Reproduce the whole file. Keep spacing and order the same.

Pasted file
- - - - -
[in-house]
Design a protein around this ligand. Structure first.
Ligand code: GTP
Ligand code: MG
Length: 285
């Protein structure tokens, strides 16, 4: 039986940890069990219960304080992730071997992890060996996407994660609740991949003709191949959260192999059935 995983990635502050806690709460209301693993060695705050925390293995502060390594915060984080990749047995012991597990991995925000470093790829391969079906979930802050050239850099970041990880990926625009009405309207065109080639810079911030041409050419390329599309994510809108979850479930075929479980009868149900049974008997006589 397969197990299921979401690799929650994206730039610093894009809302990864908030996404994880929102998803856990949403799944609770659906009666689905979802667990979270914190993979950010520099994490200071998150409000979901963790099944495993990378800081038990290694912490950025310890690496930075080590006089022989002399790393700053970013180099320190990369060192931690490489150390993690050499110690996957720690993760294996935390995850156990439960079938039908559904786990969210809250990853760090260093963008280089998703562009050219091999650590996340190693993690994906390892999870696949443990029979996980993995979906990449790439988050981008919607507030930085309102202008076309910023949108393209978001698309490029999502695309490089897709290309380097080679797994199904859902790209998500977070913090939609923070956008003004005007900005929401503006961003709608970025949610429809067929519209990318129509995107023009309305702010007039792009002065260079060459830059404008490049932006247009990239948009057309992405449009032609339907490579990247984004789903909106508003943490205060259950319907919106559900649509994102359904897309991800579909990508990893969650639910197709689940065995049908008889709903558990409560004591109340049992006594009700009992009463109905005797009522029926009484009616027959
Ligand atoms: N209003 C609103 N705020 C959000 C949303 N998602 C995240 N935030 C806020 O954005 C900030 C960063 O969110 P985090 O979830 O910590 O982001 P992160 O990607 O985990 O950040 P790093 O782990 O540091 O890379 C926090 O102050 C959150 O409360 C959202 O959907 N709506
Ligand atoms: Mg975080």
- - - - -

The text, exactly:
[in-house]
Design a protein around this ligand. Structure first.
Ligand code: GTP
Ligand code: MG
Length: 285
């Protein structure tokens, strides 16, 4: 039986940890069990219960304080992730071997992890060996996407994660609740991949003709191949959260192999059935 995983990635502050806690709460209301693993060695705050925390293995502060390594915060984080990749047995012991597990991995925000470093790829391969079906979930802050050239850099970041990880990926625009009405309207065109080639810079911030041409050419390329599309994510809108979850479930075929479980009868149900049974008997006589 397969197990299921979401690799929650994206730039610093894009809302990864908030996404994880929102998803856990949403799944609770659906009666689905979802667990979270914190993979950010520099994490200071998150409000979901963790099944495993990378800081038990290694912490950025310890690496930075080590006089022989002399790393700053970013180099320190990369060192931690490489150390993690050499110690996957720690993760294996935390995850156990439960079938039908559904786990969210809250990853760090260093963008280089998703562009050219091999650590996340190693993690994906390892999870696949443990029979996980993995979906990449790439988050981008919607507030930085309102202008076309910023949108393209978001698309490029999502695309490089897709290309380097080679797994199904859902790209998500977070913090939609923070956008003004005007900005929401503006961003709608970025949610429809067929519209990318129509995107023009309305702010007039792009002065260079060459830059404008490049932006247009990239948009057309992405449009032609339907490579990247984004789903909106508003943490205060259950319907919106559900649509994102359904897309991800579909990508990893969650639910197709689940065995049908008889709903558990409560004591109340049992006594009700009992009463109905005797009522029926009484009616027959
Ligand atoms: N209003 C609103 N705020 C959000 C949303 N998602 C995240 N935030 C806020 O954005 C900030 C960063 O969110 P985090 O979830 O910590 O982001 P992160 O990607 O985990 O950040 P790093 O782990 O540091 O890379 C926090 O102050 C959150 O409360 C959202 O959907 N709506
Ligand atoms: Mg975080």